The same dynamic is at work in people who live under the law. Just as the Galatians wanted approval from the Jewish teachers, we tend to base our behavior on the approval of others. We try to please God through keeping Torah, or we try to please others through following whatever law they impose upon us. We usually relate to God and people in the same way. If we are under law in our relationship with God, then we are under law in our relationships with others; if we are under law with others, then we are under law with God. We think approval from God comes from keeping law and avoiding wrongdoing. We feel guilt and shame when we fail, because others, usually a parent or spouse, heap guilt and disapproval upon us. Our sense of well-being depends on the response of others. We crave approval and praise; we dread disapproval and failure. We are addictive, easily controlled people.
Legalism in the church manifests itself in many different ways. For example, a new Christian welcomed into the fold soon discovers there is an unwritten code of rules, things like length of hair, dress styles, unacceptable movies and music, how many people should be led to Christ each year, etc. Gradually, one's relationship with God becomes defined by external performance. We hunger for the approval of people rather than the approval of God, so we do what everyone else is doing in order to be accepted. We want to become part of some inner group and we begin to serve so that others will notice. Forty years ago, "real" Christians carried a Scofield Reference Bible. Twenty years ago, a leather-covered New American Standard Bible was a must --- and you were really spiritual if you carried a Greek New Testament!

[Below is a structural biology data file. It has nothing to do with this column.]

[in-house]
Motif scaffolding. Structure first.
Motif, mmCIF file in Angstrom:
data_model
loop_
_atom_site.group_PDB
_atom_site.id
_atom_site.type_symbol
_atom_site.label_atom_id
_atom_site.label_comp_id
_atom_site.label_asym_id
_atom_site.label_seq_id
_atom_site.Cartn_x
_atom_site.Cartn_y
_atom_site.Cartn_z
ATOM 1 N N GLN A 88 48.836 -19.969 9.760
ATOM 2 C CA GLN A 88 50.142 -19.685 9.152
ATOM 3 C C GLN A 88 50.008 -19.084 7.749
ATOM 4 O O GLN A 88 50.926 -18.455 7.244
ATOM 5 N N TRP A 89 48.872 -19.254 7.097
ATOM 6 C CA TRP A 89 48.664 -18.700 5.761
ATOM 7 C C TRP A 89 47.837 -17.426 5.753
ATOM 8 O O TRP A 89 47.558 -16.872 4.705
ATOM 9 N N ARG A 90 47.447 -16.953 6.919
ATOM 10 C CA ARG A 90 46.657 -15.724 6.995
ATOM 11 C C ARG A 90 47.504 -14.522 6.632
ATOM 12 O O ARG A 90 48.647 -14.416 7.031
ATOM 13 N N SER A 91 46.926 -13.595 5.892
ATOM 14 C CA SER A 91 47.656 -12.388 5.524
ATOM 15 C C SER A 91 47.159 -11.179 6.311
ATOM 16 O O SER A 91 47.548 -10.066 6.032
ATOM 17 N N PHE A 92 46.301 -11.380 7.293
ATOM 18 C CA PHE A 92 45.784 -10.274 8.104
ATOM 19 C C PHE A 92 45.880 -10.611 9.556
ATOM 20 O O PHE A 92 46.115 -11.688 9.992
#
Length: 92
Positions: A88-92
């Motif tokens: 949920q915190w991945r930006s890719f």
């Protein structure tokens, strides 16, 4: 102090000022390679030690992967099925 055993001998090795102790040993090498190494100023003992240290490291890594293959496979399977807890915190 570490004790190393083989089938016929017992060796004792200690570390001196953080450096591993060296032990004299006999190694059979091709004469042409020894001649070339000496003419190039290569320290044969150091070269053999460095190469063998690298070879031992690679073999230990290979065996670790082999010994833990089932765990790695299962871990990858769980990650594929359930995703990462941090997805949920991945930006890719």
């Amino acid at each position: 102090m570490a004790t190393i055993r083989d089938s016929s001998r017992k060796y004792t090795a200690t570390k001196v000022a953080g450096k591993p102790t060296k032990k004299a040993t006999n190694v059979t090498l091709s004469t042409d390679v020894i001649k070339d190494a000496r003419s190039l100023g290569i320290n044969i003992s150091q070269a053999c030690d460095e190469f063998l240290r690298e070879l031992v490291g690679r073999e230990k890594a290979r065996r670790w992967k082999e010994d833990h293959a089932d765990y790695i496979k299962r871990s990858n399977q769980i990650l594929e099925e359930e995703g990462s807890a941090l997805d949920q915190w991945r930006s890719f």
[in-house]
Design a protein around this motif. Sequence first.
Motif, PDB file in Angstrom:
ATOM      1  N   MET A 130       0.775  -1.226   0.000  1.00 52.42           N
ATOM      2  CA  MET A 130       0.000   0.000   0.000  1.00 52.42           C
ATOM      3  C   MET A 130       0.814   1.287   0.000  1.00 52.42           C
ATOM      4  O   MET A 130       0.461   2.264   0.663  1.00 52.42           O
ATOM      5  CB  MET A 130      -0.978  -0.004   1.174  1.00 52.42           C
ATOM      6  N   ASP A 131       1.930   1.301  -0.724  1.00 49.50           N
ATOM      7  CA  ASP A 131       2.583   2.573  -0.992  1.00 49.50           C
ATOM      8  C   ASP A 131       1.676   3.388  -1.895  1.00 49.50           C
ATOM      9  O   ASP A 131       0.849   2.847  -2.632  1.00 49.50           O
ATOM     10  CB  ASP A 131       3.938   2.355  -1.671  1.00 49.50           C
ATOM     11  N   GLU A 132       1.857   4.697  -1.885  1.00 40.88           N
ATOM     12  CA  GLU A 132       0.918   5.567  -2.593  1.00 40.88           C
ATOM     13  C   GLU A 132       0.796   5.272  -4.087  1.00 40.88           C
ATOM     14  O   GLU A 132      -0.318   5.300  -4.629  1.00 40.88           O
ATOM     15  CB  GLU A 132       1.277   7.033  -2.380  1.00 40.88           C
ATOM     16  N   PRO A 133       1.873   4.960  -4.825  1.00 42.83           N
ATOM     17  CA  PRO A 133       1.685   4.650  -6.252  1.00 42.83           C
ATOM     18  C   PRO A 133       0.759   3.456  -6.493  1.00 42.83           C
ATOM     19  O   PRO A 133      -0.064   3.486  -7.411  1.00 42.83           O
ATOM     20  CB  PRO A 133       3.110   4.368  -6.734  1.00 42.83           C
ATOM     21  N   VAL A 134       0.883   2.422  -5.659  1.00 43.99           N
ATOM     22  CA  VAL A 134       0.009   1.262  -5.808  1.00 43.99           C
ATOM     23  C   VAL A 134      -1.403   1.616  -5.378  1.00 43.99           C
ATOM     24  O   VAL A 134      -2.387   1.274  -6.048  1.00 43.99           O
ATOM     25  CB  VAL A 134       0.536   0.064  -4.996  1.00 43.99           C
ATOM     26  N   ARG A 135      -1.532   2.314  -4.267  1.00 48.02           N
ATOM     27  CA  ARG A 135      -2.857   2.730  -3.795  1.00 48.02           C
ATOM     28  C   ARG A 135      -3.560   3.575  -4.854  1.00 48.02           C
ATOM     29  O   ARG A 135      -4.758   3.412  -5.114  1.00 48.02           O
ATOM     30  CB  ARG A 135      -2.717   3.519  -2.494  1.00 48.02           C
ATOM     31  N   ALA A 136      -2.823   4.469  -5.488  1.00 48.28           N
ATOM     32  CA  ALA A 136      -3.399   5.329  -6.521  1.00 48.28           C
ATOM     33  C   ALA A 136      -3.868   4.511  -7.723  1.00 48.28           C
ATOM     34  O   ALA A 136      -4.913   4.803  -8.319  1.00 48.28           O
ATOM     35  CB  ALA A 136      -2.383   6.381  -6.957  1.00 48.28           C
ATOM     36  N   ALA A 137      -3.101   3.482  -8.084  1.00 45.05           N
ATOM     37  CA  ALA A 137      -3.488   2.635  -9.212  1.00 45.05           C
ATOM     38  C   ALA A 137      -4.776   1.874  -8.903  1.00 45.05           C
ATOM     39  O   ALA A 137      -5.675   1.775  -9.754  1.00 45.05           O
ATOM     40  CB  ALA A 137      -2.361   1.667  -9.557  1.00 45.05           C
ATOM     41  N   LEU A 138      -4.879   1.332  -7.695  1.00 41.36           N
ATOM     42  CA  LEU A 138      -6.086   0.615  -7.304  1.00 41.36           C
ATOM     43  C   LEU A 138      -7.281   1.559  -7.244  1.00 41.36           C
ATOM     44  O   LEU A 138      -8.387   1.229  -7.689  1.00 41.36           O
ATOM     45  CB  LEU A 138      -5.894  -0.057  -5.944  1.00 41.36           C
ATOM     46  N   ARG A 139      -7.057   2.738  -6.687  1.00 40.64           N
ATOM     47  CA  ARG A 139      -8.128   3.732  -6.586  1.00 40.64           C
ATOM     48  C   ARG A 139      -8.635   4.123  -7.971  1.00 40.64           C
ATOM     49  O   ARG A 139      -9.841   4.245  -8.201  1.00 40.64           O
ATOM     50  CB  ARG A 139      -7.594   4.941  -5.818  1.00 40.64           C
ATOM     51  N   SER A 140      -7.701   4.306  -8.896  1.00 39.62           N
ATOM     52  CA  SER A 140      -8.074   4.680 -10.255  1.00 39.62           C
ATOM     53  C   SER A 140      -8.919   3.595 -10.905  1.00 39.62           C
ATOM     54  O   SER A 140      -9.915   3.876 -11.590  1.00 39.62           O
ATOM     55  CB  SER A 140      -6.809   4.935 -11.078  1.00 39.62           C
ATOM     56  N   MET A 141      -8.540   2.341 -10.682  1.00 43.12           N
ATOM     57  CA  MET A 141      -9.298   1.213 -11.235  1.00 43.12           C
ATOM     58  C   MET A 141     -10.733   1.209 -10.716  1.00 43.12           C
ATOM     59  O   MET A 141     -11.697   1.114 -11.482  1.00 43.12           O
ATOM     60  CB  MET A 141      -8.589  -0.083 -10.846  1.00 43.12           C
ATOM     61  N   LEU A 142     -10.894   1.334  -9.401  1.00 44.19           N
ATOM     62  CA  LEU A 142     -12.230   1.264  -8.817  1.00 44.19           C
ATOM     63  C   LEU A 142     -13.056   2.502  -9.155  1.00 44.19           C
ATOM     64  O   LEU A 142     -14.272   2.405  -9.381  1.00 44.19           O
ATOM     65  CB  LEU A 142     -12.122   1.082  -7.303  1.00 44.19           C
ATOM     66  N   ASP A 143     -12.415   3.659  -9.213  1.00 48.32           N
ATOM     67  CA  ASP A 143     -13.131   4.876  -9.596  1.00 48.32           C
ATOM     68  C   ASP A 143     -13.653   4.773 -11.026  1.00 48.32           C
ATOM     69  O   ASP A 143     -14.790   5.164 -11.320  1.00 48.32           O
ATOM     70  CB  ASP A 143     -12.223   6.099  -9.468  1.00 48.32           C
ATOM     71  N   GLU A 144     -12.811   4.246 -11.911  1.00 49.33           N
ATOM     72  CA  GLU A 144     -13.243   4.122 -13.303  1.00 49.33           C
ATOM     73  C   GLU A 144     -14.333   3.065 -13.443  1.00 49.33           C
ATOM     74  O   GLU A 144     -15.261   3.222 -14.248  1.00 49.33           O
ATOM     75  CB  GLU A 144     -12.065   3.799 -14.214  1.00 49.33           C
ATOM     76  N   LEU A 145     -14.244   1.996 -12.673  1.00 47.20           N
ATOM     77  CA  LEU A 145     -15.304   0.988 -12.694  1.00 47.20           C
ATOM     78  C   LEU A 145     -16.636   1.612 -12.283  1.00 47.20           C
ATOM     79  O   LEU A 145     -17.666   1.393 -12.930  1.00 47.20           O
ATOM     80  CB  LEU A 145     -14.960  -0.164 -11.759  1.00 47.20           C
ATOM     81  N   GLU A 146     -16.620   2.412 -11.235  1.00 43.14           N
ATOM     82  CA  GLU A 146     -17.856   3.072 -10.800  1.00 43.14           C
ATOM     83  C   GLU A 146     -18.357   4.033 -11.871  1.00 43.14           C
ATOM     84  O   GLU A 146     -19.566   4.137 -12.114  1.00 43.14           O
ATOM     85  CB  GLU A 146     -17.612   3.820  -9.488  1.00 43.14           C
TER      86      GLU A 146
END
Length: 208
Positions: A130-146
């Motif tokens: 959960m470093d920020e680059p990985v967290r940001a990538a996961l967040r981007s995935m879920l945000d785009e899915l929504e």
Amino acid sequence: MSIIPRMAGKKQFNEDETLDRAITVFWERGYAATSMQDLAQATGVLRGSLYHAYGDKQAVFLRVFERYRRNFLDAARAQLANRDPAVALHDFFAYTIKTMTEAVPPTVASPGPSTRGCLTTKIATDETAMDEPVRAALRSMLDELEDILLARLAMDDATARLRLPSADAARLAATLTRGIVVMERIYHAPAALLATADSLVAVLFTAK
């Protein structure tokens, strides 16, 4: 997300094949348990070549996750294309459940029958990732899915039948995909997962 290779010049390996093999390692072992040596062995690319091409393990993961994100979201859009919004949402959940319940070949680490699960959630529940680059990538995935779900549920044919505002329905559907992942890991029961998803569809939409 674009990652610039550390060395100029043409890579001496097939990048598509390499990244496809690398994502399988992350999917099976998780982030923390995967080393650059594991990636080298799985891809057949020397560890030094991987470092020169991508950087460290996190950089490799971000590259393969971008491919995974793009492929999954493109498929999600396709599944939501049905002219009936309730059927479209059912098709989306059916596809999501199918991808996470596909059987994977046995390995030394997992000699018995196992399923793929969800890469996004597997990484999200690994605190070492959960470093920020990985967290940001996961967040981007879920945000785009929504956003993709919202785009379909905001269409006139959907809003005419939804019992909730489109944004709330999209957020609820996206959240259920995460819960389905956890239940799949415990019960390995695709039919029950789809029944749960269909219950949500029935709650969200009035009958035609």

The church, the very place where people should find freedom and joy, sadly, is where we oftentimes find rampant legalism and control operating. Oftentimes the church is the very place where strong people, acting out of their sense of self-importance, seek to control others in the name of God. The church attracts a lot of hurting, needy people who are looking for acceptance and identity. They will do anything to gain approval, and therefore they become easy prey for leaders who gain their sense of identity by controlling others.
One reason behind this kind of behavior in leaders is their mistaken notion that Christian freedom needs to be monitored lest sinfulness and chaos break out among the flock. They find freedom a scary notion. They actually think they are modeling godliness. When they are challenged, they respond by saying something like, "We are helping to define holiness and purity for the flock. They need to see how these things look." Of course, it's much easier to appear godly than to actually be godly. That is why they offer a list of do's and don'ts that can be easily checked. But the results of this kind of legalism are devastating. Hearts dry up, worship dies, anger and resentment builds, faith becomes insincere. When people are motivated by guilt, all the joy that is theirs in Christ soon disappears.